Cable: Sure, thanks. And I can stay until I’m called (laughs), so if you lose my video, then Jennryn’s here and can answer questions as well. So, apologies if I have to jump out. Yeah, well, first Maha makes a really important point, right? These are not black and white issues, these are nuanced, and these should be nuanced issues. And part of the ways that Creative Commons tries to support the nuances is by having a full license suite.

Another thing we do specifically with vendors around the nuanced, and I’m going to share a resource in the chat, is that particularly with foundations there’s always nuance. Because they are working with grantees all over the world, in a whole variety of different contexts. And so, Hewlett’s a good example, where their default license requirement is CC BY. But all Hewlett program officers have permission and the full backing of their general counsel’s office to negotiate different CC licenses, when need be.

So, I’ll give you an example, well, I probably shouldn’t list the name of the grantee. I’m working with one of the Hewlett grantees right now, that doesn’t want to use CC BY. And they have some really good reasons. And so, the Hewlett foundation brought me in, they asked the grantee to list what their reasons were. And the grantee did that, and I read them, and I said, “Hey, I think the grantee’s got a really good case here, CC BY doesn’t work well.”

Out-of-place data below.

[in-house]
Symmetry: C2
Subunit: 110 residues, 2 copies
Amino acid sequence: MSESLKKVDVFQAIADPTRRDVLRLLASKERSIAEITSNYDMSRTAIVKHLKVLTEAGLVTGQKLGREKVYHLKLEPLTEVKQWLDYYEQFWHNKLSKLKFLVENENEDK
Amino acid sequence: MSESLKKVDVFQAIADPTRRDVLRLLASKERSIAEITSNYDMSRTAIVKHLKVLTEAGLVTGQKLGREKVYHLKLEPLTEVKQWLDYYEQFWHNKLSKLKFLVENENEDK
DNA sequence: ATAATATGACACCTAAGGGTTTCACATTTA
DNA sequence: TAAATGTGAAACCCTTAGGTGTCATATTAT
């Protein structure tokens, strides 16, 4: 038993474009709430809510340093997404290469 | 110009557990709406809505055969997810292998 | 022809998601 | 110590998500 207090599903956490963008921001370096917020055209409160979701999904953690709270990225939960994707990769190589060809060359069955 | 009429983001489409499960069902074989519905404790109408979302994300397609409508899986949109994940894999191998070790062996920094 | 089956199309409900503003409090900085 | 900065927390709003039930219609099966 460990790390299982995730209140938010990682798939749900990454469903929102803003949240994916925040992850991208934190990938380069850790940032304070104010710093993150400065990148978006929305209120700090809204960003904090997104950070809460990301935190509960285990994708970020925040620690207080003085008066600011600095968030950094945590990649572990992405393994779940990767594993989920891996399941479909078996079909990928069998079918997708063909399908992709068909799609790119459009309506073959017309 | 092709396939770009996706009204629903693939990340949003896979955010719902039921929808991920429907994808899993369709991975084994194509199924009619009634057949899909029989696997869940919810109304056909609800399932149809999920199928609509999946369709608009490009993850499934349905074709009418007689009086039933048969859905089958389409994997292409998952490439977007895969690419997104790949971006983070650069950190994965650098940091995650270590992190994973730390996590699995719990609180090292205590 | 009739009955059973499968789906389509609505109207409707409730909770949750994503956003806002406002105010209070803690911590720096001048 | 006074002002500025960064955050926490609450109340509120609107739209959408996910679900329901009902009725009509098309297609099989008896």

And the grantee wanted a mix of BY NC, BY SA on some stuff, and some BY NC SA on other things. And they had really thought about it, and they had good rationale and so Hewlett came back to me and said, “What do you think?” And I said, “Hey, I think you should let the grantee do what they want to do.” And so, the resource that I shared is a toolkit that we work with the Hewlett foundation to actually train their staff about these nuanced conversations.